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Why Does Herr R. Run Amok?


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Editorial Reviews

Herr R. (Kurt Raab - Satan's Brew ), a middle-class German, leads a life of boredom and quiet desperation. Between the blandness of his job and the disappointments and frustration of his family life, Herr R. can find no peace. When the tensions of his excruciatingly ordinary existence build to intolerable levels. Herr R. calmly responds in brutal fashion. Employing long uninterrupted takes and improvisational scenes, Rainer Werner Fassbinder's bleak yet comic masterpiece pre-figures the Dogme movement by more than 25 years.

Special Features

  • Interviews with cast and crew

Product Details

  • Actors: Lilith Ungerer, Kurt Raab, Lilo Pempeit, Franz Maron, Harry Baer
  • Directors: Michael Fengler, Rainer Werner Fassbinder
  • Writers: Michael Fengler, Rainer Werner Fassbinder
  • Format: Color, NTSC
  • Language: German (Unknown)
  • Subtitles: English
  • Region: Region 1 (U.S. and Canada only. Read more about DVD formats.)
  • Aspect Ratio: 1.33:1
  • Number of discs: 1
  • Rated: Unrated
  • Studio: Fantoma
  • DVD Release Date: May 30, 2006
  • Run Time: 88 minutes
  • Average Customer Review: 4.4 out of 5 stars  See all reviews (9 customer reviews)
  • ASIN: B0002VEVDO
  • Amazon Best Sellers Rank: #151,230 in Movies & TV (See Top 100 in Movies & TV)
  • Learn more about "Why Does Herr R. Run Amok?" on IMDb

Customer Reviews

4.4 out of 5 stars
5 star
78%
4 star
11%
3 star
0%
2 star
0%
1 star
11%
See all 9 customer reviews
Indeed, each scene conveys the sheer drabness of his daily routine.
Curt Surly
His family is very similar as well, mocking him for attempting to be human and frail, where others hide their insecurities through their bullying and coldness.
Grigory's Girl
This is one of those movies that you'll either love or hate I imagine.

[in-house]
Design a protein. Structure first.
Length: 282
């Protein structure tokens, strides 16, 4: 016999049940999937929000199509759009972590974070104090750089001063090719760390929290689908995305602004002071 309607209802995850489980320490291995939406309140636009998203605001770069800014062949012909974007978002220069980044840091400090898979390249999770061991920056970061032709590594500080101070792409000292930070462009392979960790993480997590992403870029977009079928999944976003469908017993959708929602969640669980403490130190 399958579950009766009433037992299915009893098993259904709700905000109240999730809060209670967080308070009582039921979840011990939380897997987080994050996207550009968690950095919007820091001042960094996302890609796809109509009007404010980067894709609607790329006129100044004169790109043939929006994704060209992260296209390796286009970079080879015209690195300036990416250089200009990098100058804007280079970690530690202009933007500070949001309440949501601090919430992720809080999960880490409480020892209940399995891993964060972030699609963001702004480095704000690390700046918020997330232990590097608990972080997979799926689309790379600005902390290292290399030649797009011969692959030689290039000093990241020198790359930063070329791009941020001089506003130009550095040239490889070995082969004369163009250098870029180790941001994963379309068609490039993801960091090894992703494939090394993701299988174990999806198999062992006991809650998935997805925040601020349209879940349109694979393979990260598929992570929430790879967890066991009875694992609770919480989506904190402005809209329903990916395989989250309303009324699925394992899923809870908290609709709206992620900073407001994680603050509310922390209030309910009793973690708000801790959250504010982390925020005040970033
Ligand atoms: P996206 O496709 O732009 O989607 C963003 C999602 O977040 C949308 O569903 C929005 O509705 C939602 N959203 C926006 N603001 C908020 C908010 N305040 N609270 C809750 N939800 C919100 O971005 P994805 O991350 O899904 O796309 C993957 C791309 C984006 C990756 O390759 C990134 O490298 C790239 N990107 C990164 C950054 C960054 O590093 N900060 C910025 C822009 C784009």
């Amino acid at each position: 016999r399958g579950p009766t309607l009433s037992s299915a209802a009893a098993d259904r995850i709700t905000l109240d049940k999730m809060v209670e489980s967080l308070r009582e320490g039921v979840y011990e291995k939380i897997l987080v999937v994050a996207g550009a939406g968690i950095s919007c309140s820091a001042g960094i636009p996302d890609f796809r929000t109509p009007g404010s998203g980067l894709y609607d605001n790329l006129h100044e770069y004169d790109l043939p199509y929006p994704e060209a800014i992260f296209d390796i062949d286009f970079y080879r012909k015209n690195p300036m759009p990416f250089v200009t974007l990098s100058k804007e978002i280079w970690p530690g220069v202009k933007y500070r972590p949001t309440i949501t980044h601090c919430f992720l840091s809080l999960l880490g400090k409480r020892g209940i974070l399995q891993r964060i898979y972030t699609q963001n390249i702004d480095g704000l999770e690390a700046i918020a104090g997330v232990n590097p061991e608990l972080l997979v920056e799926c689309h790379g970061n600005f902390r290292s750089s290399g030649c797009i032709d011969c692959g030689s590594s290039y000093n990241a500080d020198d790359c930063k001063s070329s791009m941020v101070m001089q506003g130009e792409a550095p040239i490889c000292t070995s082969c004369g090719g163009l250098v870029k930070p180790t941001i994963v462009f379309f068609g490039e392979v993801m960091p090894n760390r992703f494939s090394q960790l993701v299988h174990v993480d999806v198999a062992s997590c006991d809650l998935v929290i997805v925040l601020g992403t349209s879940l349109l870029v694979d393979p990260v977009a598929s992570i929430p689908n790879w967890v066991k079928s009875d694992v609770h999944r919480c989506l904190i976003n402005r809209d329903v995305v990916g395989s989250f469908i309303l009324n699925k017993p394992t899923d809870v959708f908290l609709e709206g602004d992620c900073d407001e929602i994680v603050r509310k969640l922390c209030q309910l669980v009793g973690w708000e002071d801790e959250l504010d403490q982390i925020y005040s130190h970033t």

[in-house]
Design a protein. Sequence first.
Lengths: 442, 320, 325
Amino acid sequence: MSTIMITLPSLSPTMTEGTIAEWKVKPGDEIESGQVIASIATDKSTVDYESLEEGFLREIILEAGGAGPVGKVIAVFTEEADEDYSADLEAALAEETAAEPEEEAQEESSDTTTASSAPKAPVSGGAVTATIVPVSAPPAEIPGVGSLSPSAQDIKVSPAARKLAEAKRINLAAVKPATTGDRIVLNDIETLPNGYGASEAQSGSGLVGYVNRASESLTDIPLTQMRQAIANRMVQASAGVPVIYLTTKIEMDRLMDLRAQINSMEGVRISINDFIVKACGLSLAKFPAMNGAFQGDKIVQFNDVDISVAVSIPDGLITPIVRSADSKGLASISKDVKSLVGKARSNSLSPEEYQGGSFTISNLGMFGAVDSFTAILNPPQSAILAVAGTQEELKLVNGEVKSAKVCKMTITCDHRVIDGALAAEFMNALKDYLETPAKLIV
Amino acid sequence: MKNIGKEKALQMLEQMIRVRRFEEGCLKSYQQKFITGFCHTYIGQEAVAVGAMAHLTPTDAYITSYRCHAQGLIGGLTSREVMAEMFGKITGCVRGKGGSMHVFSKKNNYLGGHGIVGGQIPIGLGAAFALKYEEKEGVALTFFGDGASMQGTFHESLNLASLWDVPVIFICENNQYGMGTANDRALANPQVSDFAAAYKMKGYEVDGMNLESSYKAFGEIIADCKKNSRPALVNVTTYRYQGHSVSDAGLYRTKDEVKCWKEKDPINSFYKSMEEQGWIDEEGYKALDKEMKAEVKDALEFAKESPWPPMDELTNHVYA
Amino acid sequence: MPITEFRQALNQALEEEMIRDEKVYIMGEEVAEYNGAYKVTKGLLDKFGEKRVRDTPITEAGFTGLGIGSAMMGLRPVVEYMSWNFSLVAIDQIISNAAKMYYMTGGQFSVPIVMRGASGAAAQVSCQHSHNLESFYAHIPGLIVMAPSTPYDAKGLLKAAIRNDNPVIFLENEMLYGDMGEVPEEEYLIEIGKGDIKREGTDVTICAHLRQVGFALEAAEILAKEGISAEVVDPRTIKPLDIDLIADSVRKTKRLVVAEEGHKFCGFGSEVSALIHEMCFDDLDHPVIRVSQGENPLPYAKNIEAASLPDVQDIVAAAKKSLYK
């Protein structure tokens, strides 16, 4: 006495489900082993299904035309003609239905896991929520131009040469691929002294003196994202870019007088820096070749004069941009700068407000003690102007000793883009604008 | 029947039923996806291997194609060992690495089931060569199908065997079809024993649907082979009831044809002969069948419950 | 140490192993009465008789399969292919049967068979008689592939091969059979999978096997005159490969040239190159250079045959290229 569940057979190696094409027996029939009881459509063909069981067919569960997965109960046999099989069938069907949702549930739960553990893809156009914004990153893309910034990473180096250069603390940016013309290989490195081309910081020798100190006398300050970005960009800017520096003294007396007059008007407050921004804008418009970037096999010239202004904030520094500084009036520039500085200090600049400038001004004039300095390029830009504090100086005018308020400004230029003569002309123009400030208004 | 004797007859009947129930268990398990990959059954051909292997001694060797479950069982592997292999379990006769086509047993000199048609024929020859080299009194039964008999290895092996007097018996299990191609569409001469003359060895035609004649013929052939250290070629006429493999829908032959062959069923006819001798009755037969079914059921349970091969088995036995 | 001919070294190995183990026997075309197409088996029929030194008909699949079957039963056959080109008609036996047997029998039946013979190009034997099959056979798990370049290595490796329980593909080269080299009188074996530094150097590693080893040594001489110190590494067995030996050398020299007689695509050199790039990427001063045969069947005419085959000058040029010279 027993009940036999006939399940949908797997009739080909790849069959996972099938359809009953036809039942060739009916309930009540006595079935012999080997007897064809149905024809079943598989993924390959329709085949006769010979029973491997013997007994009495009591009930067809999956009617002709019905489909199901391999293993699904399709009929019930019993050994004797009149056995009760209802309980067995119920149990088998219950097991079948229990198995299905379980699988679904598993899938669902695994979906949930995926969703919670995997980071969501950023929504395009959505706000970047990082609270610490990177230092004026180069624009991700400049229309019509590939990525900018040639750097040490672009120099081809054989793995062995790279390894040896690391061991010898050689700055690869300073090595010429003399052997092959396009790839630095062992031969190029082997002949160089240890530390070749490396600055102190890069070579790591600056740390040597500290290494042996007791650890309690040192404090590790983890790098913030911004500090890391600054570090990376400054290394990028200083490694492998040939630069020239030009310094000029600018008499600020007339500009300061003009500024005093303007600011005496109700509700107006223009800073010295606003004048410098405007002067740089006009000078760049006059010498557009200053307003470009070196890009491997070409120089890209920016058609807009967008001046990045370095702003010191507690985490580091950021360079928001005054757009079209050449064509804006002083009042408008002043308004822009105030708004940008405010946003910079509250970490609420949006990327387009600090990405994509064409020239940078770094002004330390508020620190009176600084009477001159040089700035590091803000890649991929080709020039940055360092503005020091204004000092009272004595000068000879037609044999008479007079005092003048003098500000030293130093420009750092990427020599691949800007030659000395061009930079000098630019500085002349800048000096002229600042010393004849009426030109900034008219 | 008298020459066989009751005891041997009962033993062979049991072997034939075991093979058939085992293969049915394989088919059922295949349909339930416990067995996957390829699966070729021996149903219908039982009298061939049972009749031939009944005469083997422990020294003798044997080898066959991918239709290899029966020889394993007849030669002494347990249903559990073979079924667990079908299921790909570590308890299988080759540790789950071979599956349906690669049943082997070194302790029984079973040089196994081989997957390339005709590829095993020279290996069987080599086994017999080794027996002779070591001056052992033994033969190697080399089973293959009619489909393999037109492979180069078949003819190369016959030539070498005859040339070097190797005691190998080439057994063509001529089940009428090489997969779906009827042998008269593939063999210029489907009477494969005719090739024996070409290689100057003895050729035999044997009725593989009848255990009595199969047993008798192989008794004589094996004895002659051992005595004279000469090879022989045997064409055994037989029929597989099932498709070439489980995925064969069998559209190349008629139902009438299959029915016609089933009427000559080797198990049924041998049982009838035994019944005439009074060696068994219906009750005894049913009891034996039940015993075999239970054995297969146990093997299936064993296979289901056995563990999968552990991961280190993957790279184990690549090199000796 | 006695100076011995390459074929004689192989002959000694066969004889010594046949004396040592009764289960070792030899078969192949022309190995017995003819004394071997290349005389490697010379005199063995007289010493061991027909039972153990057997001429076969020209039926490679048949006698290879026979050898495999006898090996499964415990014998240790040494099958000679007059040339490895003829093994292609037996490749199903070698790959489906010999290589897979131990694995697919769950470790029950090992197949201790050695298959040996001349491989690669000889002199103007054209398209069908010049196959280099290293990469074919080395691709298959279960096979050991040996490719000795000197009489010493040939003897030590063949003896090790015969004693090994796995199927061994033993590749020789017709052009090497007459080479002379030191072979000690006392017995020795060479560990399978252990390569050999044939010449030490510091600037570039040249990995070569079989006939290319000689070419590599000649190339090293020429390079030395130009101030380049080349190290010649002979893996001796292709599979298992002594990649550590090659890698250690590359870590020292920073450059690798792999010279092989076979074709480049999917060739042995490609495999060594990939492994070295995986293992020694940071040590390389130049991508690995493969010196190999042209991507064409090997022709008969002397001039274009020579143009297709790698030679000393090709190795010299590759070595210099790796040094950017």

M. Hencke

Most Helpful Customer Reviews

7 of 8 people found the following review helpful By Curt Surly on June 4, 2004
Format: VHS Tape
This film requires concentration and repeat viewings. Fassbinder employs exceedingly long takes and a relatively still camera to portray a man slowly being led to the end of his tether.
Herr R (Kurt Raab, a Fassbinder regular) is everyman. Indeed, each scene conveys the sheer drabness of his daily routine. Work, wife, in-laws. None of it registers. Despite the perfect middle class life--emotionally, he's stone. It has been said that he is invisible in this film. Certainly, he is not seen as something particularly dynamic or magnetic. He doesn't attract people, none of his co-workers seem interested in him personally. Likewise, he doesn't seem interested in them.
But he does feel. He's passionate about music, sings a gorgeous, heartbreaking ballad that causes him to sigh slightly and look even more wan and dejected than usual. His wife bores him, her friends irritate him. Work is a release of sorts, but he's not making any progress there. He tries to impress the right people but he ends up making a total ass of himself.
All of these factors lead him on a particular course. Hence, the title of the film. The key to answering it is careful, patient viewing. This is a brilliant example of building up evidence to support myriad theses about the motivations of a fundamental character. Just be focusing on Herr Raab's face provides essential clues as to the forces that drive him towards his destiny. Great film.
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7 of 8 people found the following review helpful By Adella L. Wright on June 11, 2001
Format: VHS Tape
This is a film that should not be too thouroughly explained prior to watching. Mostly it is a series of the every day happenings in the life of Herr R, a reticent underachiever. He is the child of a certain spiritless bourgeois existence. We watch him at his job, not quite making points with the boss, not quite winning the favour of his coworkers. We watch him try to teach his average, but slightly dreamy, son to pronounce properly. We watch his wife hosting the self-absord and catty neighbors to tea. In short, we watch an unextraordinary bit of an unextraordinary life, which is somehow familiar and for some reason completely entrancing. As one watches it can't helped but be asked why wouldn't Herr R run amok?